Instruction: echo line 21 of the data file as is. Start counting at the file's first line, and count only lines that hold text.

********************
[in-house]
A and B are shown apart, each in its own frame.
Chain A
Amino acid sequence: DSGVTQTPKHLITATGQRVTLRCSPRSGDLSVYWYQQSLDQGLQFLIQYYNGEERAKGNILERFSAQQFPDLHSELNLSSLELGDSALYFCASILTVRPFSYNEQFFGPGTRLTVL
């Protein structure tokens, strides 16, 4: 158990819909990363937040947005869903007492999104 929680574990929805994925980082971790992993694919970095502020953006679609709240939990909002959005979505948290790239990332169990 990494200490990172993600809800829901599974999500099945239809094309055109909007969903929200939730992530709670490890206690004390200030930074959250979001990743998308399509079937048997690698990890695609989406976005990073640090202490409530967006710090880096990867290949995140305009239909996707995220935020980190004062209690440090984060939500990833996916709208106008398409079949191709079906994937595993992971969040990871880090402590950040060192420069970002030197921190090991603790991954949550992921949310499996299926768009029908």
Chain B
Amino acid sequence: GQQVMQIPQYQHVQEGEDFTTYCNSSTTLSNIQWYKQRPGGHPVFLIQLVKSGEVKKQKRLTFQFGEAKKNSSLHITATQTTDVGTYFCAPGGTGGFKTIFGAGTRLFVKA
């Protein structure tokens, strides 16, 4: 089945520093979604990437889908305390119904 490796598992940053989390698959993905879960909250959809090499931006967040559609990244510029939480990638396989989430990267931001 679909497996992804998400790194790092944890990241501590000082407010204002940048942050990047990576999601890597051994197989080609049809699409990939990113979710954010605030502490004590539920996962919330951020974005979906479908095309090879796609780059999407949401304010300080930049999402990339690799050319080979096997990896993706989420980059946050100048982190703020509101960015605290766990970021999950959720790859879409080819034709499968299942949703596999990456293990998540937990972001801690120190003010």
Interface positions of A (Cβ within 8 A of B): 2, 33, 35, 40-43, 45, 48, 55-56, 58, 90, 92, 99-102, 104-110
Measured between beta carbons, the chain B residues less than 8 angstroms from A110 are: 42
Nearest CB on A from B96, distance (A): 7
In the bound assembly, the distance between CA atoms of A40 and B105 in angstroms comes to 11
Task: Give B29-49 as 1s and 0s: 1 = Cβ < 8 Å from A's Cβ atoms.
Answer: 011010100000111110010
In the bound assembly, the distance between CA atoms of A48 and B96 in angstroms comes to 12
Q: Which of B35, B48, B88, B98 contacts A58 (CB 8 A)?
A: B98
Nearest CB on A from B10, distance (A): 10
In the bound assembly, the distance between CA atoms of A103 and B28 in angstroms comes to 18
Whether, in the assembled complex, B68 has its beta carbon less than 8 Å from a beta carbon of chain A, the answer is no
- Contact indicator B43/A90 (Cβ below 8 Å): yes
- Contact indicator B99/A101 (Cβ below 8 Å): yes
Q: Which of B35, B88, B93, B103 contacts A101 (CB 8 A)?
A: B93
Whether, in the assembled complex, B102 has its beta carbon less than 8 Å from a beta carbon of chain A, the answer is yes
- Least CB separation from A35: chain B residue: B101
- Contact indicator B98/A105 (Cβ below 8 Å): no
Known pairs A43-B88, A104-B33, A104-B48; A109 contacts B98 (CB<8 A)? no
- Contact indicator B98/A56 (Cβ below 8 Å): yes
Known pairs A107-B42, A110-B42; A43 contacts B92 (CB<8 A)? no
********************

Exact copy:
- Contact indicator B43/A90 (Cβ below 8 Å): yes